CARY — Wake schools board member Debra Goldman’s report of a burglary at her home wasn’t the only Goldman call to Cary police. She and her family have made dozens of reports involving fears of theft, intruders and domestic disputes.
Goldman, who is now seeking higher office as the Republican candidate for state auditor, and her family were involved in at least three dozen incidents since January 2010 that have required assistance from or investigation by Cary police.
Goldman, 49, was elected to the Wake County school board in 2009 during a Republican sweep. Almost two months after the Dec. 1, 2009, swearing in of the new candidates, Cary police were called to Goldman’s home at 505 Nantucket Drive for an incident that was referred to investigations, but later closed with the disposition declared “unfounded.”
In the ensuing two years, Cary police have been called to Goldman’s home or visited at department headquarters by her or her family members to investigate suspicious noises, plastic forks in the driveway, reported thefts and burglaries.
In one such report, Goldman listed fellow school board member Chris Malone, a Republican also seeking a seat in the state House of Representatives, as a suspect in which she claimed $100,000 in jewelry, $20,000 in cash and $10,000 of silver coins were stolen from her home.
Malone was interviewed by Cary investigators, according to a police report about the June 2010 incident, and dropped as a suspect.Neither Goldman nor Malone returned repeated requests for comment since Friday.
Cary police acknowledged that Goldman reported the burglary, providing the incident report, but declined to provide further details, citing North Carolina public records law.
Police released other public incident reports in which they were called to the Goldman home at a time when the school board member and her husband were experiencing marital strife that led to several civil filings in the Wake County courts.
Steven and Debra Goldman were married in 1993, according to court documents and police reports. They are now living separately and engaged in civil litigation over the distribution of their assets and custody of their children, according to court documents. In addition, they’ve requested protection orders against each other.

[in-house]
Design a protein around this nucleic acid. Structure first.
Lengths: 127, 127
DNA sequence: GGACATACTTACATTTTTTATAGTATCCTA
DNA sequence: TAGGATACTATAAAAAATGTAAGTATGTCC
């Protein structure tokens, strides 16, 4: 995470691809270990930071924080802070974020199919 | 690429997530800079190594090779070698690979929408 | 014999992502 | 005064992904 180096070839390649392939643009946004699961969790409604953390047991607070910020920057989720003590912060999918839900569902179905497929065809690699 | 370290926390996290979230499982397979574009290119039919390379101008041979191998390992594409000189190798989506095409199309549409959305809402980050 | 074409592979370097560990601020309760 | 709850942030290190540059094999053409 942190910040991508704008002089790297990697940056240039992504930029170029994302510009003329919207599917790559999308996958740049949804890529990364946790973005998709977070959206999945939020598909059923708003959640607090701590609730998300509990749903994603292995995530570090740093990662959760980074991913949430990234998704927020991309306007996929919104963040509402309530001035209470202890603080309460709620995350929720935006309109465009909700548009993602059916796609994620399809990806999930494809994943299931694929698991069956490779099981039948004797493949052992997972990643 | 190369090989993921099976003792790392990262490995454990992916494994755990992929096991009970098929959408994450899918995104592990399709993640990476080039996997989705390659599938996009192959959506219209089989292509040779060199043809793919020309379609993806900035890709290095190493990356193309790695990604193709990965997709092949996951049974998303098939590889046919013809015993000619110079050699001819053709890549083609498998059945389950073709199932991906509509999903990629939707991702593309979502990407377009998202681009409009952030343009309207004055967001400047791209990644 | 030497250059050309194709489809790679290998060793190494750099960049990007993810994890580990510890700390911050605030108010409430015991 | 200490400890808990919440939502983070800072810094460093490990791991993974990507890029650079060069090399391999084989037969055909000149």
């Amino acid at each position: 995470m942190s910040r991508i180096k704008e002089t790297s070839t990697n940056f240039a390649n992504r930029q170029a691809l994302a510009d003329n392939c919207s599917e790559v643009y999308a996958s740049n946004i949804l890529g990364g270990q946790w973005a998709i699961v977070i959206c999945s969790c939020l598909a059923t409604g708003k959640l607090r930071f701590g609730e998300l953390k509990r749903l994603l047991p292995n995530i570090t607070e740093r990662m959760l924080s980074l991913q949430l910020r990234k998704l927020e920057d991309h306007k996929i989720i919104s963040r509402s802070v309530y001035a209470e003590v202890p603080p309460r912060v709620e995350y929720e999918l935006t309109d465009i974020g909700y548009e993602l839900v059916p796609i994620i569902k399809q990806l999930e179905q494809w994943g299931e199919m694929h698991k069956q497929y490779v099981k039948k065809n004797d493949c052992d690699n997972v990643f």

This past June, Debra Goldman called police to report her fears about finding a water fountain she moved from the home she had shared with her husband to her new home.
“She believes it is her ex-husband trying to send her a message like in the movie ‘Sleeping With the Enemy,’” a June 19 police report states. The pieces are heavy and she had not yet decided where to assemble the fountain, but it was assembled in her driveway, according to the report. As officers suggested, she contacted friends to see if anyone had assembled it as a ‘nice gesture’ and no one had, according to the report.
Debra Goldman’s son, Matthew Goldman had an encounter with police in February 2011, when he was 21 and arrested on a felony larceny charge for allegedly disabling an anti-theft device to steal an Xbox 360 Kinect at a Target store in Raleigh. The charge was reduced to misdemeanor larceny as part of an agreement with prosecutors.
In some of their encounters with Cary police, officers mentioned Debra Goldman’s position on the Wake County school board. Some times her name was left off incident reports, but her address was included.
After Debra Goldman reported the June 12, 2010, burglary, an investigator’s notes six days later state:
“I sent out a notice to NCCIS in reference to this burglary,” referring to a statewide network that law enforcement officers elsewhere are able to peruse. “I did not use the name of the victim given her title.”
Pat Bazemore, chief of the Cary police department, said Sunday that it is her philosophy that public officials in her bailiwick are treated the same as others.
She did not have the incident reports in front of her on Sunday afternoon and was unable to comment about specifics.
Bazemore said it was not unusual for police to be called numerous times to a home during separations, divorces and child custody disputes.
In some cases, Bazemore said, police are actively engaged with such families and she could not say whether the number of encounters with the Goldmans was large, average or small.